Performance: The Q-DAC was used both as a standalone DAC and preamp, with my CD player, iPod Classic and digital streamer serving as sources. Don’t let its “entry-level” position mislead you… I’ve heard the M-DAC, and its little brother doesn’t fall behind very much in sonic quality.
I was, however, somewhat hard pressed to identify significant shifts in performance when cycling through the seven digital filters; the effects were subtle rather than startling, in any way I used the unit. I can say the same for a number of DACs I’ve tried with this feature… perhaps more sensitive ears than mine will perceive more marked differences. I stuck with the Optical Spectrum/Transient settings for most of the time.
Here, in these modes, the Q-DAC proved to be relatively additive-free and involving. There’s no hardness to the sound, and the presentation is smooth and clean, which is what one would expect of something with the Audiolab name on it. While not the sort of equipment to make the listener go “wow”, the Q-DAC certainly presented much by way of detail and clarity.
Perhaps it has less grunt than what I would want, and this was more obvious when the Q-DAC drove a power amp directly – with some equipment, even at soft volume, you can hear the bite and control. The Q-DAC is a bit more easygoing in this respect, its presentation less urgent than the tube-equipped DAC stage of my CD player (which can be accessed independently).
Indeed, this was the sole comparison I had, as my Ayon CD player will also drive a power amp directly. The Ayon’s DAC has more authority and weight, the Q-DAC had a lighter and more forgiving approach – some prefer this. And remember, there’s a big difference in price between the Q-DAC and Ayon! Place the Q-DAC within a more modest system, and it shines better.
The good: The Q-DAC is a well-equipped player, and if your musical tastes run to jazz and folk, and some pop, it can be pretty impressive in the right system. Tweakers, of course, will have their fun with the filters. That it can capably drive a power amp hooked to moderately efficient speakers lends it some versatility.
The ungood: I know it’s built to a price but many will miss a remote handset for volume control. Can also be found out with music of a grander scale, in terms of dynamics and drive.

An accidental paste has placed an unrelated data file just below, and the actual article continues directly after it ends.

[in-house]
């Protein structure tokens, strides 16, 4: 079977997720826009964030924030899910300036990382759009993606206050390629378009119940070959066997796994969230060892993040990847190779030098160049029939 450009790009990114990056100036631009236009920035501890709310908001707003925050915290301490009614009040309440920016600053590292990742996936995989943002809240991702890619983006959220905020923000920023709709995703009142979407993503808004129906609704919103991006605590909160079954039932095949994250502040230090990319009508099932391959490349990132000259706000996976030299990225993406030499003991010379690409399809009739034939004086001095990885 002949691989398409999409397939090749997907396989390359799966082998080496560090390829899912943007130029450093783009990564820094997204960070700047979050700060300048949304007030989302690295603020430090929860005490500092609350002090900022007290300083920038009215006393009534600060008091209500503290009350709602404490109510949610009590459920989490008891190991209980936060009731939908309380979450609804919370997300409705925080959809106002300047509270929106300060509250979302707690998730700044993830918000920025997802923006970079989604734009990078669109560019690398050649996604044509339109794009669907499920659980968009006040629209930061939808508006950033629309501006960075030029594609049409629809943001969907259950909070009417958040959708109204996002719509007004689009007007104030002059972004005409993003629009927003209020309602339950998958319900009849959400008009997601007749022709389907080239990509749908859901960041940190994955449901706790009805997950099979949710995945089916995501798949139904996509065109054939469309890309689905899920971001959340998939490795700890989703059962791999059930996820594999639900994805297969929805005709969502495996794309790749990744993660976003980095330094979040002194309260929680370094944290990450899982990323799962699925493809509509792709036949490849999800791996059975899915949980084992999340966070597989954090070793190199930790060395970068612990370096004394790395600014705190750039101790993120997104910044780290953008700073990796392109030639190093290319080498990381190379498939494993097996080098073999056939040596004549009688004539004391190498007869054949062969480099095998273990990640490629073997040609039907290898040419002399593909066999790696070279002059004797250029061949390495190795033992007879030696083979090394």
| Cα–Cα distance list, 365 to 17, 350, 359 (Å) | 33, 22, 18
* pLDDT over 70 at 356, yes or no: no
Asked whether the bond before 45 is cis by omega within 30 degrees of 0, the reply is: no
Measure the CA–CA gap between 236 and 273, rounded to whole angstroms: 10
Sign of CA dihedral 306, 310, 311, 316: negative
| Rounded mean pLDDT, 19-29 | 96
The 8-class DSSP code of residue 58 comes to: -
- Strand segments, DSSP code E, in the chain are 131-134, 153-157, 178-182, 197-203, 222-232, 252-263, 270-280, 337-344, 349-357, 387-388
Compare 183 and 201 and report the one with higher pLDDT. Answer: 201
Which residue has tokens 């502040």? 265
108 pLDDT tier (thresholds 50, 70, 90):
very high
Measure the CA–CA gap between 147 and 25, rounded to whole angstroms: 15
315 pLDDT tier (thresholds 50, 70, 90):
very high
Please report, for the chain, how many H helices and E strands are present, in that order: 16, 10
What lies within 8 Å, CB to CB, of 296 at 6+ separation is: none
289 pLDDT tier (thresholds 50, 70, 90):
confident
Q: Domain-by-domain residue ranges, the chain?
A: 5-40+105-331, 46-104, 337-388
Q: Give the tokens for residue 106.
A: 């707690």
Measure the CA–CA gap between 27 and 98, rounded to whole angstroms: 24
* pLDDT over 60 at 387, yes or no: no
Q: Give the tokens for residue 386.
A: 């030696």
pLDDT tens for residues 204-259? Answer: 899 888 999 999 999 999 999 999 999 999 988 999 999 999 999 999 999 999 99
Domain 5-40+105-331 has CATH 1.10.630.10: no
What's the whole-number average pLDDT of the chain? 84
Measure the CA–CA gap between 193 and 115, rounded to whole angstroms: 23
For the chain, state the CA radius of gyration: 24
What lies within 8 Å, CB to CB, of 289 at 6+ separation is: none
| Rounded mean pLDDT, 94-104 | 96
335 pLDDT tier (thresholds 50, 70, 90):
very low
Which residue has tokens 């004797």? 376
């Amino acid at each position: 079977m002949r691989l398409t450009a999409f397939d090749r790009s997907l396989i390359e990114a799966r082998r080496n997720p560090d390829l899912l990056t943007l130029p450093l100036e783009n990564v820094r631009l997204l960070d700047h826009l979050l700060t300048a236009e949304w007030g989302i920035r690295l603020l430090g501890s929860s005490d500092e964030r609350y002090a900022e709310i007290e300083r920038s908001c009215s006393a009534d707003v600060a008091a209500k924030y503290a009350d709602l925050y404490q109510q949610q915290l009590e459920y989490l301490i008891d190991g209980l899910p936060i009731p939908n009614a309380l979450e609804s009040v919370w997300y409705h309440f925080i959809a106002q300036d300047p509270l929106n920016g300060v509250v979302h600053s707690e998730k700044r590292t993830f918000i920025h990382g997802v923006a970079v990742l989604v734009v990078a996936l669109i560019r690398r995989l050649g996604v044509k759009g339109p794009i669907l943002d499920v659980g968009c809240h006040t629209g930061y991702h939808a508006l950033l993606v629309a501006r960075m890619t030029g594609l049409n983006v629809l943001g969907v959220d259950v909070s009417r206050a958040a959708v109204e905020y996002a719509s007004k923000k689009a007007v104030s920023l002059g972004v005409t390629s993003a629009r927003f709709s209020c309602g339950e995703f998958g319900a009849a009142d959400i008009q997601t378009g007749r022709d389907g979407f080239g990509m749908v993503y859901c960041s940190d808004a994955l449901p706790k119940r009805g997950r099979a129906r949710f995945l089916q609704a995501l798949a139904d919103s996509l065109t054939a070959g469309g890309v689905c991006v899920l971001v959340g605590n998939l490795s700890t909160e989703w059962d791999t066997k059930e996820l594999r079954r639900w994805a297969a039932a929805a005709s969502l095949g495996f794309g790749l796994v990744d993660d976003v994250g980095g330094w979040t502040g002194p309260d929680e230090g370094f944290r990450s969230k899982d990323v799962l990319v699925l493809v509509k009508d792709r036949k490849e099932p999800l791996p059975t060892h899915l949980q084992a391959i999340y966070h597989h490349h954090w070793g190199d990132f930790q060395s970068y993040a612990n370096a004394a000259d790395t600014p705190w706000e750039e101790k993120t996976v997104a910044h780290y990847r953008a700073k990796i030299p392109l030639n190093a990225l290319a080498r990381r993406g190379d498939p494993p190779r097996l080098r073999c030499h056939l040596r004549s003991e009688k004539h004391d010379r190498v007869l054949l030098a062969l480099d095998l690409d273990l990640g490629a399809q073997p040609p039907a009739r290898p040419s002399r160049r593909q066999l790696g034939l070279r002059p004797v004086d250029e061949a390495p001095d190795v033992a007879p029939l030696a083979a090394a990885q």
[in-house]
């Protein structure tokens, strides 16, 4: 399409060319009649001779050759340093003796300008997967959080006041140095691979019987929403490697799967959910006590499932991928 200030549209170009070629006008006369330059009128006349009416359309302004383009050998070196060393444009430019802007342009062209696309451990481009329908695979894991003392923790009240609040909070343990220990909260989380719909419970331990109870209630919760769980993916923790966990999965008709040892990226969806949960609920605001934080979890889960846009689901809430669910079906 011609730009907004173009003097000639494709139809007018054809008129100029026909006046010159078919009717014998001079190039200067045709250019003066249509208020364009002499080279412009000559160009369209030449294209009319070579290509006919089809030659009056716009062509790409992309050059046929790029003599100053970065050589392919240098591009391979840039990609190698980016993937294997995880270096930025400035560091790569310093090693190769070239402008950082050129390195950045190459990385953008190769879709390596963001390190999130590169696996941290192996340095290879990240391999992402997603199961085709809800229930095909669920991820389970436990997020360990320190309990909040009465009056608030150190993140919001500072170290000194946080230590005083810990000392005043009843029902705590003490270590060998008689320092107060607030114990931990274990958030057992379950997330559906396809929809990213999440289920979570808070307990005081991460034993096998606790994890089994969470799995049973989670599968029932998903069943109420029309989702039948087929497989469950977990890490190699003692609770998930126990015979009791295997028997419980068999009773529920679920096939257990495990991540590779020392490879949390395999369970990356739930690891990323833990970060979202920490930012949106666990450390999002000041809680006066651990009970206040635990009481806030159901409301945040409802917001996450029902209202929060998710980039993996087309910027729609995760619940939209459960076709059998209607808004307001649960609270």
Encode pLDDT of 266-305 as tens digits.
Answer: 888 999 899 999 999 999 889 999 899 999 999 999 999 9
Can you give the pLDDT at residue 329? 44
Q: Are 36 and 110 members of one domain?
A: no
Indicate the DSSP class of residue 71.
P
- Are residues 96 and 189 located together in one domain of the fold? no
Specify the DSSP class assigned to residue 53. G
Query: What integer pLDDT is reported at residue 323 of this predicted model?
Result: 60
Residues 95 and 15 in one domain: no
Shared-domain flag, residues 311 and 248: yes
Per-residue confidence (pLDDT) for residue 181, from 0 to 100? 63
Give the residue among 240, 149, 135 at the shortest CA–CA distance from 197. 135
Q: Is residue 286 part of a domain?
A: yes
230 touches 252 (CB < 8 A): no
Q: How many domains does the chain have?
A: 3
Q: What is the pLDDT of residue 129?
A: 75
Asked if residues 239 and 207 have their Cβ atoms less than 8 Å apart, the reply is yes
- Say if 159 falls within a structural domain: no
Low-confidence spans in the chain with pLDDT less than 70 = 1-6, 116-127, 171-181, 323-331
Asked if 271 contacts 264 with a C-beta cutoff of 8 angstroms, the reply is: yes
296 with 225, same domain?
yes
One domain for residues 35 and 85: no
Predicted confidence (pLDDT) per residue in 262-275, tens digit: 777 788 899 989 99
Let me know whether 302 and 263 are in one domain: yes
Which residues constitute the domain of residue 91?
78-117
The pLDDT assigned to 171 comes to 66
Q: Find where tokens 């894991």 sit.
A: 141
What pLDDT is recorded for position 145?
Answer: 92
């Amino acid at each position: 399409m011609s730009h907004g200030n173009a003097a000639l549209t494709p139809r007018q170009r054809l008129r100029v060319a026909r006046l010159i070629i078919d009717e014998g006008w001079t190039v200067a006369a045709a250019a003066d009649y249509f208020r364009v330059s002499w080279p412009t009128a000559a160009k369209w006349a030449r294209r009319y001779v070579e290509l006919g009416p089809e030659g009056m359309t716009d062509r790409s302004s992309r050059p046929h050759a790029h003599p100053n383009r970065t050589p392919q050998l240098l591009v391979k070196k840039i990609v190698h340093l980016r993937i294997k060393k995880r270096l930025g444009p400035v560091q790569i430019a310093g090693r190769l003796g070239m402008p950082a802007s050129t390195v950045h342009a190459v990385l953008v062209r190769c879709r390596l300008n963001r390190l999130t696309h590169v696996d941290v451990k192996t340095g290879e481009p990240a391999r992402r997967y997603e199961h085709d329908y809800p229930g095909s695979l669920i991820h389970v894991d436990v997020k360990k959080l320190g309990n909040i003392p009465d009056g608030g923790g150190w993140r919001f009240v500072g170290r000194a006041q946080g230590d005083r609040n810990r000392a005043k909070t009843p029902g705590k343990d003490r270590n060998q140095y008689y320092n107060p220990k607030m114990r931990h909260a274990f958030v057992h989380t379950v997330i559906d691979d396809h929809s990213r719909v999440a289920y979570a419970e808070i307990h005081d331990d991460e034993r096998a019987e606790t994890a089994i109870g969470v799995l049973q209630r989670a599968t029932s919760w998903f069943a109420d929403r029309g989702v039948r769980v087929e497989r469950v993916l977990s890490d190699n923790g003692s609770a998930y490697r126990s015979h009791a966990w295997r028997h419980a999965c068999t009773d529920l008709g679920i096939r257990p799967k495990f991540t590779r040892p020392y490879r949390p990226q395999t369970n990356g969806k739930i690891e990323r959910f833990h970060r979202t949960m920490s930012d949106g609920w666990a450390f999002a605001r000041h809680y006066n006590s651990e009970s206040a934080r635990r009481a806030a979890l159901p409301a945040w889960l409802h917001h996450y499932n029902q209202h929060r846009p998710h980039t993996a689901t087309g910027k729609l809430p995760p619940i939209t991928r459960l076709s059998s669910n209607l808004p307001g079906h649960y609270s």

Final verdict: If you’re looking for a space/component saver, this one ticks the box. If you want features, the same, and value for your money as well. If you don’t need a remote control, well, the Audiolab Q-DAC fits right into the scenario.
It’s more than a decent performer sonically, if not a Swiss army knife, and is capable of impressive results with the right sort of music and in the right system. Certainly worth exploring, if you’re in the market for such a things.
Source: Ayon Audio CD-1s, Linn Majik DS / Amplification: Odyssey Audio Tempest SLB preamp, Odyssey Audio Khartago Extreme SE monoblocs / Speakers: Magneplanar MG1.7, Polk Audio RTi-A1 / Interconnects: MIT CVT 1 & 2 and MIT phono cable / Cables: MIT CVT 2 / Power cords: Furutech / Power supplied via AVIA balanced Powertrans / Supported on Finite Elemente Spider racks
Malaysian price: RM2,350
Malaysian distributor: CMY Audio & Visual (+603-2143 9406) / Find your distributor.
Sujesh Pavithran is an ardent fan of Magnepan and Apogee speakers, loves vinyl AND supports digital formats as he believes they will keep improving, has a yen for tubes and is a gadget-head (shamelessly encouraging consumerism in this sector). He has been reviewing hi-fi equipment and music since the mid-1980s, but occasionally wonders if he should have made a detour into motoring or photography instead.